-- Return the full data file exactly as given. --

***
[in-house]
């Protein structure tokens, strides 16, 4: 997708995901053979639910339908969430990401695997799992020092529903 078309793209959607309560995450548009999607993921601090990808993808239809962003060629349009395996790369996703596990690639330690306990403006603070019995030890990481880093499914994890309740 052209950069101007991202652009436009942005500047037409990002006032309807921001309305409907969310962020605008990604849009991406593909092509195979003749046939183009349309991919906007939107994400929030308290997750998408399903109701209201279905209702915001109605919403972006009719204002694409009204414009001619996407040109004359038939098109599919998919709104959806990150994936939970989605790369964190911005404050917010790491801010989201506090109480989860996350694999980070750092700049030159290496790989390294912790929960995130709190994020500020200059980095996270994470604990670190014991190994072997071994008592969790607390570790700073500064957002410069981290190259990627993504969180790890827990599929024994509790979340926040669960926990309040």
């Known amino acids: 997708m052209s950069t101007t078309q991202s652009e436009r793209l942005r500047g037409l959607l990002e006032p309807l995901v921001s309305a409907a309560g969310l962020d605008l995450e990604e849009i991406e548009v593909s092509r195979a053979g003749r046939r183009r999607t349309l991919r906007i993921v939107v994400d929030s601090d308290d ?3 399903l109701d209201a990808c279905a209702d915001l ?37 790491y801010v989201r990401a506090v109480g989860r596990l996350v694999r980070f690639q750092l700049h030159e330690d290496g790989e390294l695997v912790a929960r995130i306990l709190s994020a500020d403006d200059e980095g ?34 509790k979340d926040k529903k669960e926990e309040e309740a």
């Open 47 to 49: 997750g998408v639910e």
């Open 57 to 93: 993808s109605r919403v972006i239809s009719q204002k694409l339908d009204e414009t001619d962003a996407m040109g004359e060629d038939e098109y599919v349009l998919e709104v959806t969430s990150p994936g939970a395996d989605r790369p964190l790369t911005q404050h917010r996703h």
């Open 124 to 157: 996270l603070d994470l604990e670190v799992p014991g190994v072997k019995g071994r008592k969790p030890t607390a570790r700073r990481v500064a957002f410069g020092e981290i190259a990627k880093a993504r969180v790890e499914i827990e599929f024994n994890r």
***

[in-house]
């Protein structure tokens, strides 16, 4: 997708995901053979639910339908969430990401695997799992020092529903 078309793209959607309560995450548009999607993921601090990808993808239809962003060629349009395996790369996703596990690639330690306990403006603070019995030890990481880093499914994890309740 052209950069101007991202652009436009942005500047037409990002006032309807921001309305409907969310962020605008990604849009991406593909092509195979003749046939183009349309991919906007939107994400929030308290997750998408399903109701209201279905209702915001109605919403972006009719204002694409009204414009001619996407040109004359038939098109599919998919709104959806990150994936939970989605790369964190911005404050917010790491801010989201506090109480989860996350694999980070750092700049030159290496790989390294912790929960995130709190994020500020200059980095996270994470604990670190014991190994072997071994008592969790607390570790700073500064957002410069981290190259990627993504969180790890827990599929024994509790979340926040669960926990309040």
């Known amino acids: 997708m052209s950069t101007t078309q991202s652009e436009r793209l942005r500047g037409l959607l990002e006032p309807l995901v921001s309305a409907a309560g969310l962020d605008l995450e990604e849009i991406e548009v593909s092509r195979a053979g003749r046939r183009r999607t349309l991919r906007i993921v939107v994400d929030s601090d308290d ?3 399903l109701d209201a990808c279905a209702d915001l ?37 790491y801010v989201r990401a506090v109480g989860r596990l996350v694999r980070f690639q750092l700049h030159e330690d290496g790989e390294l695997v912790a929960r995130i306990l709190s994020a500020d403006d200059e980095g ?34 509790k979340d926040k529903k669960e926990e309040e309740a």
């Open 47 to 49: 997750g998408v639910e």
């Open 57 to 93: 993808s109605r919403v972006i239809s009719q204002k694409l339908d009204e414009t001619d962003a996407m040109g004359e060629d038939e098109y599919v349009l998919e709104v959806t969430s990150p994936g939970a395996d989605r790369p964190l790369t911005q404050h917010r996703h």
């Open 124 to 157: 996270l603070d994470l604990e670190v799992p014991g190994v072997k019995g071994r008592k969790p030890t607390a570790r700073r990481v500064a957002f410069g020092e981290i190259a990627k880093a993504r969180v790890e499914i827990e599929f024994n994890r």